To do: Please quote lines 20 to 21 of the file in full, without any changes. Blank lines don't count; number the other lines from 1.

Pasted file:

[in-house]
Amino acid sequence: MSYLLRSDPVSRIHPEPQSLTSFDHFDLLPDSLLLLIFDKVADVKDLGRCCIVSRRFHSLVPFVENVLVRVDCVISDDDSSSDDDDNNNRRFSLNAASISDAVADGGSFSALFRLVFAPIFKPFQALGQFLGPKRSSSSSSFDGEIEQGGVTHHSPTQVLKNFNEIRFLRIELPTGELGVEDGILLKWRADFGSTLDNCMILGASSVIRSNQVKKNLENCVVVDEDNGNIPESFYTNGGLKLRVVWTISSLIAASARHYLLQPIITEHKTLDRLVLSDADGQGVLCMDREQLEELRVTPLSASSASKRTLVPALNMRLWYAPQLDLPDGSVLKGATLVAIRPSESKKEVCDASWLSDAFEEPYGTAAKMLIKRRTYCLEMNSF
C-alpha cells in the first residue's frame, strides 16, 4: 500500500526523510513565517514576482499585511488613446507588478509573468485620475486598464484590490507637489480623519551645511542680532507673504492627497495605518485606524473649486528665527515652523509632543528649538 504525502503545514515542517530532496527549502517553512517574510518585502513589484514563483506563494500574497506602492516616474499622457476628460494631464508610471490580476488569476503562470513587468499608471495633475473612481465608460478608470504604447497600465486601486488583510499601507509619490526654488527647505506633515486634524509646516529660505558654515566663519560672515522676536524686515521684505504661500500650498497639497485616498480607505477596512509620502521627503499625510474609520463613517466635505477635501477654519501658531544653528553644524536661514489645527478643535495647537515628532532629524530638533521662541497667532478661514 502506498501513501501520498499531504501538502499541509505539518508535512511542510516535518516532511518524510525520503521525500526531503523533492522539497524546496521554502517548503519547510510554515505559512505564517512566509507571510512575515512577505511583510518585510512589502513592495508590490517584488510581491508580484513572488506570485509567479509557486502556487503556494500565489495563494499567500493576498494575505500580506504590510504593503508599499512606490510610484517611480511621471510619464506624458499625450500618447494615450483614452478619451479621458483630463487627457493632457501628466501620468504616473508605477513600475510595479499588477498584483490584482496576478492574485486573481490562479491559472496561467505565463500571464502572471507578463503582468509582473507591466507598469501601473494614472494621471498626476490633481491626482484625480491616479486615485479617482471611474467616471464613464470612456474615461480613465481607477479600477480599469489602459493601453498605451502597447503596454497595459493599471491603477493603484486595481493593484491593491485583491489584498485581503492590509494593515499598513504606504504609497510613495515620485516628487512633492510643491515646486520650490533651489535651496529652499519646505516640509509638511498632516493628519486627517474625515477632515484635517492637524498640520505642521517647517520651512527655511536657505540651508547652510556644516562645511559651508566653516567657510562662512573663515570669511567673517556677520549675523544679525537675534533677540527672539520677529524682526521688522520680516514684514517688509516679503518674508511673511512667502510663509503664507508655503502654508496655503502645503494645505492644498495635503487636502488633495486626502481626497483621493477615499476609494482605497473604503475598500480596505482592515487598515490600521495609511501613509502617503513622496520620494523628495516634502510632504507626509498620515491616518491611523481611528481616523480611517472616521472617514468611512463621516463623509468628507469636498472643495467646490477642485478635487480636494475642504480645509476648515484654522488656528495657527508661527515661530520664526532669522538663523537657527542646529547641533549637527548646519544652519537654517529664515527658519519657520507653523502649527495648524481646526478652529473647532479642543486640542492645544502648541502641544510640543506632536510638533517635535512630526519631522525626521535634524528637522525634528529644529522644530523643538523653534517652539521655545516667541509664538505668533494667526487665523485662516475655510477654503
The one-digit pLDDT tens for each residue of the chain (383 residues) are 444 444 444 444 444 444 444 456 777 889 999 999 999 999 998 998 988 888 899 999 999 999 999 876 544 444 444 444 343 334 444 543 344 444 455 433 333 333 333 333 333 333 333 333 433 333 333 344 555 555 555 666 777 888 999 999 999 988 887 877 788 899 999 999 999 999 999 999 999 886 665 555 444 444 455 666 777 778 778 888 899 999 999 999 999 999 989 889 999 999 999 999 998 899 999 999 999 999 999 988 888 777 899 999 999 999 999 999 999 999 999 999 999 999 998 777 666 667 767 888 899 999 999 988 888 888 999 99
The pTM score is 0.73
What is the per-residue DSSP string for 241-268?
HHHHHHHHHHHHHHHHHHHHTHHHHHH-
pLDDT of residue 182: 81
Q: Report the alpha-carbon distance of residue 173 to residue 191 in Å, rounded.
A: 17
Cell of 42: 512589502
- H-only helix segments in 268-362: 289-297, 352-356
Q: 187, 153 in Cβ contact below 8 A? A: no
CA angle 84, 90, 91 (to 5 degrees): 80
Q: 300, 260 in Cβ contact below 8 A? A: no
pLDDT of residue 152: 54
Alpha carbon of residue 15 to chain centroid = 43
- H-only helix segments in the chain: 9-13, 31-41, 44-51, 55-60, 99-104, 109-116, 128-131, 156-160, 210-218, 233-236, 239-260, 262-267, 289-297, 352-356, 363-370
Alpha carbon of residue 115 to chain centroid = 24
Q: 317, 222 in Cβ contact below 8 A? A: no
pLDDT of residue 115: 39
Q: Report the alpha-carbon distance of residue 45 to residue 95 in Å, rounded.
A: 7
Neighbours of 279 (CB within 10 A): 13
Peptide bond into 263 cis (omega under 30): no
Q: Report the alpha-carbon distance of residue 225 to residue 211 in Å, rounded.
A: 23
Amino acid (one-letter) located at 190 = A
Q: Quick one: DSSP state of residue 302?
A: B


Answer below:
Q: 317, 222 in Cβ contact below 8 A? A: no
pLDDT of residue 115: 39